Now you hate me. Why isn’t this number 1? Why is it below The Avengers and all of those other movies? Well, if all three movies were out at once, and they were combined cumulatively to a 4-5 hour version of The Hobbit (instead of nearly 8-9 hours by the time this saga is over), it would probably be much higher in the rankings, but not number 1. The Hobbit, part whatever, reminded me of the first Lord of the Rings movie, The Fellowship of the Ring. It was slow, but entertaining, and the movie pulled me into J.R.R. Tolkien’s world easily enough… familiar territory now that we’ve lived through 10 hours of the Lord of the Rings (or 14 hours of extended cuts). The troll scene at the campfire was fun to see on screen (although their voices were a little high-pitched like Cosette from Les Mis), and Gollum once again made the movie, but I felt the film was more kid friendly (which, I know, it should be), and spent too much time with the line of dwarfs (dwarves or dwarfs? I can’t remember… I think Tolkien used dwarfs) marching along in the typical Peter Jackson zoomed-out landscape shot followed by zoomed-out landscape shot with awesome music in the background, or the more typical ‘everyone running at the same time through an impossible number of easily-defeatable foes that swarm like ants but part like the red sea when the good guys coming running with daggers and hammers and whatnot with Gandalf saving their hides every time the group requires him as their deux ex machina’ kind of scenes. Ian McKellen plays Gandalf well, and Andy Serkis hides behind the CGI to help create the best Gollum yet, but the movie was just… okay. The Hobit, part whatever, only makes my top 13 because I’m a Tolkien fan.
Second from last is Skyfall, which has received some stellar movie reviews from critics. I have no idea why. Believe it or not, The Dark Knight Rises ruined this movie for me. They have the same plot elements. As I was watching Bond, I was thinking, This is Bruce Wayne a few movies ago. They could have called the movie James Bond Rises. But, it’s a good movie. I like the Daniel Craig version of Bond much better than Brosnan, Connery, or Moore, which is probably some sort of 007 blasphemy to Bond fanatics. Skyfall has some of the best action scenes I’ve seen this year, such as the rooftop motorcycle chase and the opening train scene. The main reason why Skyfall makes the list is Ralph Fiennes (another brilliant actor), and Javier Bardem playing his creepiest villain role since No Country for Old Men. Judy Dench as M was annoying though. By the end of the film, I was wanting her character dead. Speaking of the end of the film: Home Alone. I couldn’t help but think of Macaulay Culkin barricading himself inside the house and setting traps. Like I said before, this is a great film, but I have no idea why critiques are praising it.
13. The Dark Knight Rises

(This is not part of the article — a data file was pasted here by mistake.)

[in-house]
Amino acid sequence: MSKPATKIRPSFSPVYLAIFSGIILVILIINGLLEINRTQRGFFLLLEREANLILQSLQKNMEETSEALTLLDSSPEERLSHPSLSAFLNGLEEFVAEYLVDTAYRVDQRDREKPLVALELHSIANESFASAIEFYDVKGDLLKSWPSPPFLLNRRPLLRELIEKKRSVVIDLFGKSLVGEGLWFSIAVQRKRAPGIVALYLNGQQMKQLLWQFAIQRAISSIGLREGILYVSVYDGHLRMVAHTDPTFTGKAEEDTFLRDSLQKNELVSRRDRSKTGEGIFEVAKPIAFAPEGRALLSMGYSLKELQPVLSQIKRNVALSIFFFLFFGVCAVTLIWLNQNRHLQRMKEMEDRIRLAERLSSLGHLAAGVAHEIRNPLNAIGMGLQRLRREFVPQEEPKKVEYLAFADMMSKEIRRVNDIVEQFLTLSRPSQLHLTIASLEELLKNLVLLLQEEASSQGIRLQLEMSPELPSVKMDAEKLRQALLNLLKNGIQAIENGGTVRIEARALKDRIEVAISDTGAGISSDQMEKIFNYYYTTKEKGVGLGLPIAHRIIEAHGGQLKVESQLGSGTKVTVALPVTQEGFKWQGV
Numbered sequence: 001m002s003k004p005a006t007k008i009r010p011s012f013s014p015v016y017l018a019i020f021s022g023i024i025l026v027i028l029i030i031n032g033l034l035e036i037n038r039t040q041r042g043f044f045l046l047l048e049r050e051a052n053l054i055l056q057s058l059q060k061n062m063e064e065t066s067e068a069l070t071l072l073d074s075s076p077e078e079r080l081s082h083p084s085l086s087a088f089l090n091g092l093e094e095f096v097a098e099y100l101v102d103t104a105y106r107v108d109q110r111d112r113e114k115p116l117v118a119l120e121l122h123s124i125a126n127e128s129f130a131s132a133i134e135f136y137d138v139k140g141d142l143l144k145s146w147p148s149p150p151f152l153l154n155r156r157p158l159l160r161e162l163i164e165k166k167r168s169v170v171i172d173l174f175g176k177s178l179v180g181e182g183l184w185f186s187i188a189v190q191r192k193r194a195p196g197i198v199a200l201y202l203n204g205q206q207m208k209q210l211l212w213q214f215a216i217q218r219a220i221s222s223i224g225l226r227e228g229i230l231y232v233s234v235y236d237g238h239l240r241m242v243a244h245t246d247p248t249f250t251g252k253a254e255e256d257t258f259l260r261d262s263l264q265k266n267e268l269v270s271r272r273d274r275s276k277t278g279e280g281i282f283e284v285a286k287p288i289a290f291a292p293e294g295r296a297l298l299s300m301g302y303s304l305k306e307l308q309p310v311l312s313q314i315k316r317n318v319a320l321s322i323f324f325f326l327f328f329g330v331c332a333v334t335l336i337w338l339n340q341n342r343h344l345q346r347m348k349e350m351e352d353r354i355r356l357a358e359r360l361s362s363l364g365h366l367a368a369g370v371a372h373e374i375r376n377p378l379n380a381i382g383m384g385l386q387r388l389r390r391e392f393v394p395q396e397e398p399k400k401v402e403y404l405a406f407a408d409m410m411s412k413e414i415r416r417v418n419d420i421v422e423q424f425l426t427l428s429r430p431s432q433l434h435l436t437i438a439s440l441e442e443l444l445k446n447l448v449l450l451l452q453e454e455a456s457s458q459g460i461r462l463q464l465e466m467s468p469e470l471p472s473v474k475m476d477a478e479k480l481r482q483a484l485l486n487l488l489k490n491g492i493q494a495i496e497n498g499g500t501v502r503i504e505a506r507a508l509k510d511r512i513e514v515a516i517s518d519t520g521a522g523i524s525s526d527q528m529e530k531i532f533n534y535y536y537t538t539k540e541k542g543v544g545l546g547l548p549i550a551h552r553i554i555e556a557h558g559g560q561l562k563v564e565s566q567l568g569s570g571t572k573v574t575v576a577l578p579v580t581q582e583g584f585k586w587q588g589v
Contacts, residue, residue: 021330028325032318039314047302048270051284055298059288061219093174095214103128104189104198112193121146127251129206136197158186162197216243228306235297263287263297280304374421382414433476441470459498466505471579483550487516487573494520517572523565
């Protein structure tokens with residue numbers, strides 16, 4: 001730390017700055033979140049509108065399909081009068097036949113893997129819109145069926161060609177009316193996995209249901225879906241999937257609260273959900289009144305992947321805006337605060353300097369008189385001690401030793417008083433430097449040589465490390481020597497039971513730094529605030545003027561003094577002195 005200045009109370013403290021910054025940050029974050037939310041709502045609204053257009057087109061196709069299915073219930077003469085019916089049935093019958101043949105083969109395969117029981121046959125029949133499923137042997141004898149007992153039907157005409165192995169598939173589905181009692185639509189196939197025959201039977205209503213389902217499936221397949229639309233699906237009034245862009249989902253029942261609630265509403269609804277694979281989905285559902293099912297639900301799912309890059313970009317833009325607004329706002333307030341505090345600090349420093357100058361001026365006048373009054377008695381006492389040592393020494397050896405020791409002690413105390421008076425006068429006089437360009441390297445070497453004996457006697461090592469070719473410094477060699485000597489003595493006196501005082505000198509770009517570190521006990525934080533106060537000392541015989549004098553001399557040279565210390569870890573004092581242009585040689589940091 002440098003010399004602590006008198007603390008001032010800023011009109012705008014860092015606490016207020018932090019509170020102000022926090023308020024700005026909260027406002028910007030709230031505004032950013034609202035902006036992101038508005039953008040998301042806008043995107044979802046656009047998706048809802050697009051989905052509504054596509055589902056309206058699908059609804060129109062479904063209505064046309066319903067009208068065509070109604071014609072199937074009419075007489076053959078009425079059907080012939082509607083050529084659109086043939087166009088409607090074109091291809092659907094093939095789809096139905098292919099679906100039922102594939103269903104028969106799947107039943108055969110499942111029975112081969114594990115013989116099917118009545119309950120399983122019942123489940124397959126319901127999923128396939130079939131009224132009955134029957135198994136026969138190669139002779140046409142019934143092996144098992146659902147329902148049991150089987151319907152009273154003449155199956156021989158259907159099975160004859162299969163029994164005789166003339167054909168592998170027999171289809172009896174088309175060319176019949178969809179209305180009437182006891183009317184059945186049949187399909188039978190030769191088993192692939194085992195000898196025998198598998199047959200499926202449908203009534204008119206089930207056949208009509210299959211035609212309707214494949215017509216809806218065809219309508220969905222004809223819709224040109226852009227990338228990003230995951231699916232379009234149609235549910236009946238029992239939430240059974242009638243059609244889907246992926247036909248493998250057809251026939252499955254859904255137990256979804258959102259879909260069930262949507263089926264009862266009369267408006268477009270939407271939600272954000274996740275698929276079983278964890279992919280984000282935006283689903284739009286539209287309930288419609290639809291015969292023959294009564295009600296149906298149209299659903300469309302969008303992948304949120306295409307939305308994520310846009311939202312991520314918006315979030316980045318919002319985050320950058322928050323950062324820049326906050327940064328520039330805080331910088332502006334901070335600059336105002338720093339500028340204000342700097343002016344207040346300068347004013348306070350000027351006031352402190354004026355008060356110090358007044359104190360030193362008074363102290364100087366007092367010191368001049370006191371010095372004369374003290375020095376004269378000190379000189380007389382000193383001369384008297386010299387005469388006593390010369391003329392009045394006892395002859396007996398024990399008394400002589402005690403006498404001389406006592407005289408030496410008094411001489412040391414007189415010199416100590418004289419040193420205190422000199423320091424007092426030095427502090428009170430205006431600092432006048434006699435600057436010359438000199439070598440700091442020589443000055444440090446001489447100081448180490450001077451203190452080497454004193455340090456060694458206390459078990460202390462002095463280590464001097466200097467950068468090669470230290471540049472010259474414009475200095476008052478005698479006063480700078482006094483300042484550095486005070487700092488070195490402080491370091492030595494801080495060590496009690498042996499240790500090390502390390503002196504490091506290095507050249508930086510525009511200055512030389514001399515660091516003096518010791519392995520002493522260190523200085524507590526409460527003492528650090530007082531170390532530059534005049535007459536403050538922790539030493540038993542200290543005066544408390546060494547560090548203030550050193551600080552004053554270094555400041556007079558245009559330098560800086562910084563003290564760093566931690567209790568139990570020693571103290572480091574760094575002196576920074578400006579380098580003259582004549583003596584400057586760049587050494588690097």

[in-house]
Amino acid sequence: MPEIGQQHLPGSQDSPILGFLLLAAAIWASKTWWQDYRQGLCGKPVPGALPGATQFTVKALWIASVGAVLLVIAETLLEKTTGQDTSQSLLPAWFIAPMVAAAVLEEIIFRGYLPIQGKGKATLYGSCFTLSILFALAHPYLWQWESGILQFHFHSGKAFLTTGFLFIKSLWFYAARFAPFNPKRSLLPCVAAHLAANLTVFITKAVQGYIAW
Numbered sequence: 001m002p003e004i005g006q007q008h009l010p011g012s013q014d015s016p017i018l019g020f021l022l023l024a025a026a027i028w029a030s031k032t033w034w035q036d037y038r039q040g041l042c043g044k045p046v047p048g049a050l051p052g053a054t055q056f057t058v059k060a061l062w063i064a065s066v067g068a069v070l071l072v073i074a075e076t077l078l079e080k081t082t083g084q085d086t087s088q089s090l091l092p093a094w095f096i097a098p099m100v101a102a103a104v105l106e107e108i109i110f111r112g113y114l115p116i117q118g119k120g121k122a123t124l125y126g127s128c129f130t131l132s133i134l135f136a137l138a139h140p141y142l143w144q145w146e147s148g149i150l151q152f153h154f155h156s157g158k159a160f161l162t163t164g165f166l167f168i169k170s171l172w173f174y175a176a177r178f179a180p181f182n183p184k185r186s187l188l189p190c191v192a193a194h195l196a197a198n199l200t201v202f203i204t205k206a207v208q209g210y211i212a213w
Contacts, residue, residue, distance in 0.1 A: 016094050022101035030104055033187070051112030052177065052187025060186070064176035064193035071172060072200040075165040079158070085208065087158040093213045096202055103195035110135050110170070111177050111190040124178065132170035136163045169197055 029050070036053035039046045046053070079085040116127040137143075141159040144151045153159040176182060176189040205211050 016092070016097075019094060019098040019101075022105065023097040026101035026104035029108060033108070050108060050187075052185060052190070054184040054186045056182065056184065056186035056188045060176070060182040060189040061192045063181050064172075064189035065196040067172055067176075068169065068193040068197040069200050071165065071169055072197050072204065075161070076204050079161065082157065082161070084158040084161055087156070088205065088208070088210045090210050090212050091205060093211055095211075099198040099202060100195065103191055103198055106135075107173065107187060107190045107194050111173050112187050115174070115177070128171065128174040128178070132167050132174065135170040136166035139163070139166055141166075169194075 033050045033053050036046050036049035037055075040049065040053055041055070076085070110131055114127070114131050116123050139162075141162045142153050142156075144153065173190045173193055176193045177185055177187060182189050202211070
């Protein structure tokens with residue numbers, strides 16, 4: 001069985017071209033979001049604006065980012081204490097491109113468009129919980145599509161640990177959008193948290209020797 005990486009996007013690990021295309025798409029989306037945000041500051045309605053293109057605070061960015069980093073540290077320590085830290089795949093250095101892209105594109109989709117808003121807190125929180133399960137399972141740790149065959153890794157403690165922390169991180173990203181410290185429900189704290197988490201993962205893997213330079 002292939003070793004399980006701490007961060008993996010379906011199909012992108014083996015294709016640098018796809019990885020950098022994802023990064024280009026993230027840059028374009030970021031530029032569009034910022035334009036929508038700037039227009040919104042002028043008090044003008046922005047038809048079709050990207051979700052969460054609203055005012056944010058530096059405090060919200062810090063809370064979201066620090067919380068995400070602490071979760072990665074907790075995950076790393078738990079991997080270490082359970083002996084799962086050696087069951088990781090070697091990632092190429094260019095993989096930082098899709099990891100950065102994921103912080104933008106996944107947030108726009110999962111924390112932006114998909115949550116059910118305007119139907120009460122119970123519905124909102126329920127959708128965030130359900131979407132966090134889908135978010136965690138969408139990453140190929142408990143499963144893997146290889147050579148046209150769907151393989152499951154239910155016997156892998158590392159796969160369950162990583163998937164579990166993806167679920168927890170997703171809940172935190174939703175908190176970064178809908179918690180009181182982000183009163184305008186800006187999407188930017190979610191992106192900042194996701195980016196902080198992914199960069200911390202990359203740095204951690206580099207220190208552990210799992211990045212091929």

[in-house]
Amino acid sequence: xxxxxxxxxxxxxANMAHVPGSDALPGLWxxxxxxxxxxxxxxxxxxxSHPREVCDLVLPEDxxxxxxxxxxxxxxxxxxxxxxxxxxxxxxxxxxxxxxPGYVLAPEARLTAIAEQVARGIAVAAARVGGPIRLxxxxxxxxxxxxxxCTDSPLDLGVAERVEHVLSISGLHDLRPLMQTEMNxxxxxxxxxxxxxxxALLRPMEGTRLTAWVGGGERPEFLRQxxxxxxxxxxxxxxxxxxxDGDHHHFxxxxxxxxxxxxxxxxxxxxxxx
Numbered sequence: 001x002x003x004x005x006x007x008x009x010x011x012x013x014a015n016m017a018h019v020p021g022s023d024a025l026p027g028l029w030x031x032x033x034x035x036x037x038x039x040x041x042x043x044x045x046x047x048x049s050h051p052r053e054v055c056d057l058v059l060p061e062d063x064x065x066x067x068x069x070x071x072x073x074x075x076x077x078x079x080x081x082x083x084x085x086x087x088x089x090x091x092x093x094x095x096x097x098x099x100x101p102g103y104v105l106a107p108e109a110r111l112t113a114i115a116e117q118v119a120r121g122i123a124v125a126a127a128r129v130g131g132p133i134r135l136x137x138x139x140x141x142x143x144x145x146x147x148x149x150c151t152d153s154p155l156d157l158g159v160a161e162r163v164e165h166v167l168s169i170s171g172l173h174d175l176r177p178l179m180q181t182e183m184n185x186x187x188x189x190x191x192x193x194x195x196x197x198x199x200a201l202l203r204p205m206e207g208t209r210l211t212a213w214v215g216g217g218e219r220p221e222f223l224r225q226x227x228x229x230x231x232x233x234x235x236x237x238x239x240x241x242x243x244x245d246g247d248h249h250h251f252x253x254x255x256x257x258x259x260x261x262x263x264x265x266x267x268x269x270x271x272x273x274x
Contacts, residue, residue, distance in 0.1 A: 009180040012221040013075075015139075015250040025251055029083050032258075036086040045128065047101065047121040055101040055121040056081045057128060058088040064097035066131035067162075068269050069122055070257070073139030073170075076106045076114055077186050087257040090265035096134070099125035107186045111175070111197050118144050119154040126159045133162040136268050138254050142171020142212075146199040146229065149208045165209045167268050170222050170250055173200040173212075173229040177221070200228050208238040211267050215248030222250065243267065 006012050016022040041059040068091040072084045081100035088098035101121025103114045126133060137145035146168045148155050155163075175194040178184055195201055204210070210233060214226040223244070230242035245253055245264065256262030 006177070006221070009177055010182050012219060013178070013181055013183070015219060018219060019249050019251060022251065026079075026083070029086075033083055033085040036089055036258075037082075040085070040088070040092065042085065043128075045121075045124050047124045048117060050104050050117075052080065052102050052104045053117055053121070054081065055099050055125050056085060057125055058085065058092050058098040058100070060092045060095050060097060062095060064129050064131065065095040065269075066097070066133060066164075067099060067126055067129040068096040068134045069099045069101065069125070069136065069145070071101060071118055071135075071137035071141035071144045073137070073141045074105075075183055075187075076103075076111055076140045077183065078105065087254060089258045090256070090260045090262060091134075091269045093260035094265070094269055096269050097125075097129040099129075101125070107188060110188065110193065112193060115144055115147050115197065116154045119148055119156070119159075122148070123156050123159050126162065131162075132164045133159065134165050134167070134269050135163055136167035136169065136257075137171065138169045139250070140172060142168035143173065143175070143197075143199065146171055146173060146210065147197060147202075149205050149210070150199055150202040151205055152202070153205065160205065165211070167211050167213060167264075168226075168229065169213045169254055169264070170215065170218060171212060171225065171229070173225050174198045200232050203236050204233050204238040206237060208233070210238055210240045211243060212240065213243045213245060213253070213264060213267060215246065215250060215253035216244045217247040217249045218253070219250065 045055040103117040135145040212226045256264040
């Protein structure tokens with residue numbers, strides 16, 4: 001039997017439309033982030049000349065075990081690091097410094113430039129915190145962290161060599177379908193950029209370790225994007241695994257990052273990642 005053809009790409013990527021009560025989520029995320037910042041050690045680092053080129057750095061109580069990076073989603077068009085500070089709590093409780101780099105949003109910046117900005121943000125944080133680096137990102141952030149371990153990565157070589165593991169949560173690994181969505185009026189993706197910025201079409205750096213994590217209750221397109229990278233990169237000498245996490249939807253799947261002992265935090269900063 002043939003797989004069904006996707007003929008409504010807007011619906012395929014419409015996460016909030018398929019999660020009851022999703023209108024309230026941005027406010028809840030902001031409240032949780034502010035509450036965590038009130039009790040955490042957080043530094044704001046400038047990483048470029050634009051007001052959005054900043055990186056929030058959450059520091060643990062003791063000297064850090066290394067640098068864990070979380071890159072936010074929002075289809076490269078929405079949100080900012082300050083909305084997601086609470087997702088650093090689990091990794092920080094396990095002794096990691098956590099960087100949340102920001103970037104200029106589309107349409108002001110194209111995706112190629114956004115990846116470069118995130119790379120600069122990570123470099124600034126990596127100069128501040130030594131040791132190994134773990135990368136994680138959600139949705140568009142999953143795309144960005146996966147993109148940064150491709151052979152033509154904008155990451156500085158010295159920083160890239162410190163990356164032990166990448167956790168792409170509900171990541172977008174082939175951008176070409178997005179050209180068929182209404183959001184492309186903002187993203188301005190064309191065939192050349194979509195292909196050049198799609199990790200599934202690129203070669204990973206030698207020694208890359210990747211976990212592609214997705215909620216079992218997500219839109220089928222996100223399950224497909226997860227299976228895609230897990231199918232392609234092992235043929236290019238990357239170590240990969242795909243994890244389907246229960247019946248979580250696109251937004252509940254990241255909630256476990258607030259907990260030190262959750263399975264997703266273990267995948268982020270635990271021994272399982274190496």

I watched The Dark Knight Rises in the theatre as the finale to a Batman marathon, which I believe is why it ranks last. Honestly, the first time I watched it, I didn’t like it at all. Christopher Nolan (Memento, Inception, The Prestige) is one of the best directors / producers / writers working today, especially when he gets his brother involved, so there was a lot of expectations with this film. A repeat viewing on Blu-ray has bumped the film onto this list. The marathon started with Batman Begins (my second favorite in the series), the beginning to Nolan’s revamp of the Batman saga. The marathon then should have concluded with The Dark Knight, one of the last films featuring Heath Ledger, who gave us the best performance ever captured on film (my take, anyway) as The Joker. Then the marathon actually concluded with The Dark Knight Rises (a title that basically adds ‘Rises’ to the previous). I think the main problem with seeing all three movies in a row like this was the brilliance of The Dark Knight. That film is so good, it makes The Dark Knight Rises look paltry, or at least a strong downward curve of this three film arc, especially at 3:00am when the film ended. Truth be told, I could not get over Bane’s voice: sort of a mix between Sean Connery from Indiana Jones and Goldmember from Austin Powers. I kept expecting Bane to say, “Bat-man, we named the dawg Indiana, because I like Goooold.” But, after repeat viewings, I was able to get over the voice and enjoyed the movie more; although, Anne Hathaway ruins it for me as Catwoman. Her character had no place in this film (unlike her role in Les Mis). Christian Bale as Batman… a little rough in the second movie, but better in this one. The savior of this film is Joseph Gordon-Levitt (he’s in three of my top movies this year) as John Blake. He gave a certain human emotion that held the entire movie together, which makes sense if he’s going to take over as Robin.
So, that’s my top 13 for the year. Below are a few movies that either didn’t make the cut, or I haven’t seen yet.
Movies I enjoyed, but didn’t make the cut:
Cabin in the Woods (would have taken the 10 spot if I had seen it in the theatres), Expendables 2 (absolutely fun), The Grey (would have made the 13 spot if I hadn’t moved The Dark Knight Rises onto the list).
Movies I enjoyed, but found extremely overrated:
The Hunger Games, Dark Shadows, Snow White and the Huntsman, Ted, Spiderman.
Still want to see (expect to be good):
Seeking a Friend for the End of the World, Killer Joe, Robot & Frank, Arbitrage, The Master, Trouble with the Curve, End of Watch, Seven Psychopaths, Hyde Park on Hudson.
Still want to see (expect to suck):
The Campaign, The Bourne Legacy, Total Recall, Savages, Lawless, The Words, Woman in Black, The Raven, Taken 2, M.I.B. 3, Sinister, Flight, Killing Them Softly, Jack Reacher.